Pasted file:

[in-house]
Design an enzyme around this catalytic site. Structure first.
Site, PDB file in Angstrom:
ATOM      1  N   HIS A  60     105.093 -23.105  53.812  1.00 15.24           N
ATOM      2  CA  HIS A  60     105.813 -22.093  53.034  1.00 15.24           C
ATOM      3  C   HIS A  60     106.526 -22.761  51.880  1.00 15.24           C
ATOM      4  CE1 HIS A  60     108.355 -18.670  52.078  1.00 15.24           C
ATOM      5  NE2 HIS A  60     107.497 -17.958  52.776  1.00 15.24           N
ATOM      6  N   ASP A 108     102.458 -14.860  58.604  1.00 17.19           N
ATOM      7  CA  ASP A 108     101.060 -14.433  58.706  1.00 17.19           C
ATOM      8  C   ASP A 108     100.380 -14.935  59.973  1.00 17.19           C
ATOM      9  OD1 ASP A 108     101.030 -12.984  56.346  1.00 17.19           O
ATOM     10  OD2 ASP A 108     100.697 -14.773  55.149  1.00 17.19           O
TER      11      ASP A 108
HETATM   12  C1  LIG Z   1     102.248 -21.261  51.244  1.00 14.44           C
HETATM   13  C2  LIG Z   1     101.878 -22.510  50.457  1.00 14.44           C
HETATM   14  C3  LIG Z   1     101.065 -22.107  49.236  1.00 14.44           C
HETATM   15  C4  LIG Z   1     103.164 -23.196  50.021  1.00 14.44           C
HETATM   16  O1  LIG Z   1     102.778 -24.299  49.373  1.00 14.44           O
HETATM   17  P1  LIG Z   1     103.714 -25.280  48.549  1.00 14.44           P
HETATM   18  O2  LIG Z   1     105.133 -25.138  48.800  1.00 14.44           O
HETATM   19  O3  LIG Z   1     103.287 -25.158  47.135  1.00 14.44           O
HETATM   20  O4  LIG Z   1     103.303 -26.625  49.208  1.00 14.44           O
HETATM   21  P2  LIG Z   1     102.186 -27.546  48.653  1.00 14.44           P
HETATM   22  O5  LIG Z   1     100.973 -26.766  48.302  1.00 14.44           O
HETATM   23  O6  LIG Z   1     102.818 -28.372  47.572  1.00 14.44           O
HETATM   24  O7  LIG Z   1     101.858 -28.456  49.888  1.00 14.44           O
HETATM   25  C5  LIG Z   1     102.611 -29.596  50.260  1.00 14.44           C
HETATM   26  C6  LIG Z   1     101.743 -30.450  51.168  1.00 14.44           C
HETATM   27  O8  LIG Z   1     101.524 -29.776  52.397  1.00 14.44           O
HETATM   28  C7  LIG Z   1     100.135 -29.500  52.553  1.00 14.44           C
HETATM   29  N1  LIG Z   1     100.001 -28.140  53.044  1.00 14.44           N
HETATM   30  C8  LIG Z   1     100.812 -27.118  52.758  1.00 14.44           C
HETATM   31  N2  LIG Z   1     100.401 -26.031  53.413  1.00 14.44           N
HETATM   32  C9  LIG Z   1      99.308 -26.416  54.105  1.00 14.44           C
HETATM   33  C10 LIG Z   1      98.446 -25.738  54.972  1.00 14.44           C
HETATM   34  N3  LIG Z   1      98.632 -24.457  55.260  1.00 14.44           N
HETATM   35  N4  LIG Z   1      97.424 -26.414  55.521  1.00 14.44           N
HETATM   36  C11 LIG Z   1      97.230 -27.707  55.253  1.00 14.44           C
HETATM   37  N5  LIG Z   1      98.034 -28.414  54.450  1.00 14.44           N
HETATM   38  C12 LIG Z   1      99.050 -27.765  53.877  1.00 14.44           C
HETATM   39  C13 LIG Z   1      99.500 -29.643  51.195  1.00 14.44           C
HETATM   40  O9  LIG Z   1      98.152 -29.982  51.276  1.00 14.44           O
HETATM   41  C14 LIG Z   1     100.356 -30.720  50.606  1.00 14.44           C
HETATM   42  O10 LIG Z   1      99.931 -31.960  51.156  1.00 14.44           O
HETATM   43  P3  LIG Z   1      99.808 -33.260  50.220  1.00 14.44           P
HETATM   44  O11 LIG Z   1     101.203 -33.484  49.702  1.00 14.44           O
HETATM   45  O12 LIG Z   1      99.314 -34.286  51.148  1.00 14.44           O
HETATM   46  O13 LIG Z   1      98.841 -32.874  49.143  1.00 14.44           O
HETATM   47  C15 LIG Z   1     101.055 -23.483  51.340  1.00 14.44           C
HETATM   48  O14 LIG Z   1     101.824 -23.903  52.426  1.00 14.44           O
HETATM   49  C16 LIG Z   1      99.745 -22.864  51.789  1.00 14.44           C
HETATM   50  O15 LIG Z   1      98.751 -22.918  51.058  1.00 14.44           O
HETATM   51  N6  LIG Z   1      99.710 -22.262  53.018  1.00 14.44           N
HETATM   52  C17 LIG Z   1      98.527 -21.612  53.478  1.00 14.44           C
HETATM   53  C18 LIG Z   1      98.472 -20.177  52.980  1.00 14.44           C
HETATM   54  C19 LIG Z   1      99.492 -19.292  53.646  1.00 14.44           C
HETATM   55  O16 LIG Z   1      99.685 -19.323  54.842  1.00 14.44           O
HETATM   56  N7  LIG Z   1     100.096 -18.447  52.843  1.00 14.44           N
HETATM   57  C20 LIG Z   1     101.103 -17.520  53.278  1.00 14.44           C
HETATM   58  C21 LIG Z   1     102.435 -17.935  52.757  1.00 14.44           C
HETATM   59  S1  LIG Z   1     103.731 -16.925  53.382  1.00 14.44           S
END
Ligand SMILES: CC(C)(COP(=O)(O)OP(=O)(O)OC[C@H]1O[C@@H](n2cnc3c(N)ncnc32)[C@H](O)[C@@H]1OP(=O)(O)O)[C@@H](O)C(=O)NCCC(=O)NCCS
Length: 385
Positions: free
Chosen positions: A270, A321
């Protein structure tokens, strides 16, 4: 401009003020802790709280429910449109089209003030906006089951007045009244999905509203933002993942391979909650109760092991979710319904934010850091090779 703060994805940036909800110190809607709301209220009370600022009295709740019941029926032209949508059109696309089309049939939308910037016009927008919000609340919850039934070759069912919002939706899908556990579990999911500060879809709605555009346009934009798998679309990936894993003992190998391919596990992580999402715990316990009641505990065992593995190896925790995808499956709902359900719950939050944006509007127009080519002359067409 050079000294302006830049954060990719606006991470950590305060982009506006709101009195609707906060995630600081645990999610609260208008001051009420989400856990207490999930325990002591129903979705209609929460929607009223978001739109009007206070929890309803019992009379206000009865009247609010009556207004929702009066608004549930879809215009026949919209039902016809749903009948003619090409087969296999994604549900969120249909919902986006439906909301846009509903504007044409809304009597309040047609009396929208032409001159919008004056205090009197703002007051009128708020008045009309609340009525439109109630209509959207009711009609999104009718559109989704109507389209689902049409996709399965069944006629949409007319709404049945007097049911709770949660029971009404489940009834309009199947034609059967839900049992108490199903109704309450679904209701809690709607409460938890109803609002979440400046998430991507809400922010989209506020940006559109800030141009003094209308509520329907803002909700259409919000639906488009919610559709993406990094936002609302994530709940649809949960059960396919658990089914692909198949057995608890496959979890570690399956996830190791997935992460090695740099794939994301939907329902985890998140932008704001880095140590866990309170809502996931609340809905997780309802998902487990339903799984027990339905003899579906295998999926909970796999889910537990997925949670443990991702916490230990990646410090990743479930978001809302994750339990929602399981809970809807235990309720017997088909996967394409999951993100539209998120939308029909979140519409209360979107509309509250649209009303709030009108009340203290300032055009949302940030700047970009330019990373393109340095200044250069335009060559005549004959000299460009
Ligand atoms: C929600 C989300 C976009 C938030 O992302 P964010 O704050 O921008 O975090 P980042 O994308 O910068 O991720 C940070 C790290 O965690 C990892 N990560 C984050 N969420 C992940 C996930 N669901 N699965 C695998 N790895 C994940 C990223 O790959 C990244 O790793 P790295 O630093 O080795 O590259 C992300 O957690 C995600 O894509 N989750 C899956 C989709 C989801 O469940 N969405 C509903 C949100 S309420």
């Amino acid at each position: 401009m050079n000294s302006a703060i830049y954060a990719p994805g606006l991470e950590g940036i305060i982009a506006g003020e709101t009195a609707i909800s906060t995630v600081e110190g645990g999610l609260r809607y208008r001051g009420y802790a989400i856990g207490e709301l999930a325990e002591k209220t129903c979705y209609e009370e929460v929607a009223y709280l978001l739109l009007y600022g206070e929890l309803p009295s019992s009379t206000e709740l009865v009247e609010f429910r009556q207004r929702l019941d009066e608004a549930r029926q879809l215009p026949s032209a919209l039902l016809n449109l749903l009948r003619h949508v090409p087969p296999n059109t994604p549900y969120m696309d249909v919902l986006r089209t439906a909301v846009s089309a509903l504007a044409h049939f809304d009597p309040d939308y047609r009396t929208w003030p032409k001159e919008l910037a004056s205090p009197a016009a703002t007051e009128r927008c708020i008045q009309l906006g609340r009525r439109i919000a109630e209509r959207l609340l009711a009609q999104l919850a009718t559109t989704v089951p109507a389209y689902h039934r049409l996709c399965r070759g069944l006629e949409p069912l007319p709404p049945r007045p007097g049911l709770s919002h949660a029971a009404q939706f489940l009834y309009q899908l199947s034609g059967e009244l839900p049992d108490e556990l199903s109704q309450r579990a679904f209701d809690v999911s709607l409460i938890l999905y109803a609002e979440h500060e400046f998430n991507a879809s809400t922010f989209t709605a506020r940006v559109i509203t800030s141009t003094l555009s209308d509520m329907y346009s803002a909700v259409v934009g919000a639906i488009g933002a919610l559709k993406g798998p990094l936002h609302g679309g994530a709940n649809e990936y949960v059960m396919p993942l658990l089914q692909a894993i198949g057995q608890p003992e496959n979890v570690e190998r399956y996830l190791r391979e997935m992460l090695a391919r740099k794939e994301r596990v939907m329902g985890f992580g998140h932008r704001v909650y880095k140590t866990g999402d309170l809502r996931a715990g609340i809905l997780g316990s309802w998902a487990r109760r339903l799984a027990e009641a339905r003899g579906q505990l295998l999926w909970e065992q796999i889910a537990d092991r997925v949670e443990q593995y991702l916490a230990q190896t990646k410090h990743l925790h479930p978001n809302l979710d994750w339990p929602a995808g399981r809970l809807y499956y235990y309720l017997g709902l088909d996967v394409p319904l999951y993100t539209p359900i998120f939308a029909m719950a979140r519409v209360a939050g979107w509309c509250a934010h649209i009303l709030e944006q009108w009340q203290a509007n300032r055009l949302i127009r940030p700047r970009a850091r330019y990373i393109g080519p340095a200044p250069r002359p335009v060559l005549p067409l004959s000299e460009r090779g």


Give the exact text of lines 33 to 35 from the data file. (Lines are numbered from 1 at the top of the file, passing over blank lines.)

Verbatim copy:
HETATM   30  C8  LIG Z   1     100.812 -27.118  52.758  1.00 14.44           C
HETATM   31  N2  LIG Z   1     100.401 -26.031  53.413  1.00 14.44           N
HETATM   32  C9  LIG Z   1      99.308 -26.416  54.105  1.00 14.44           C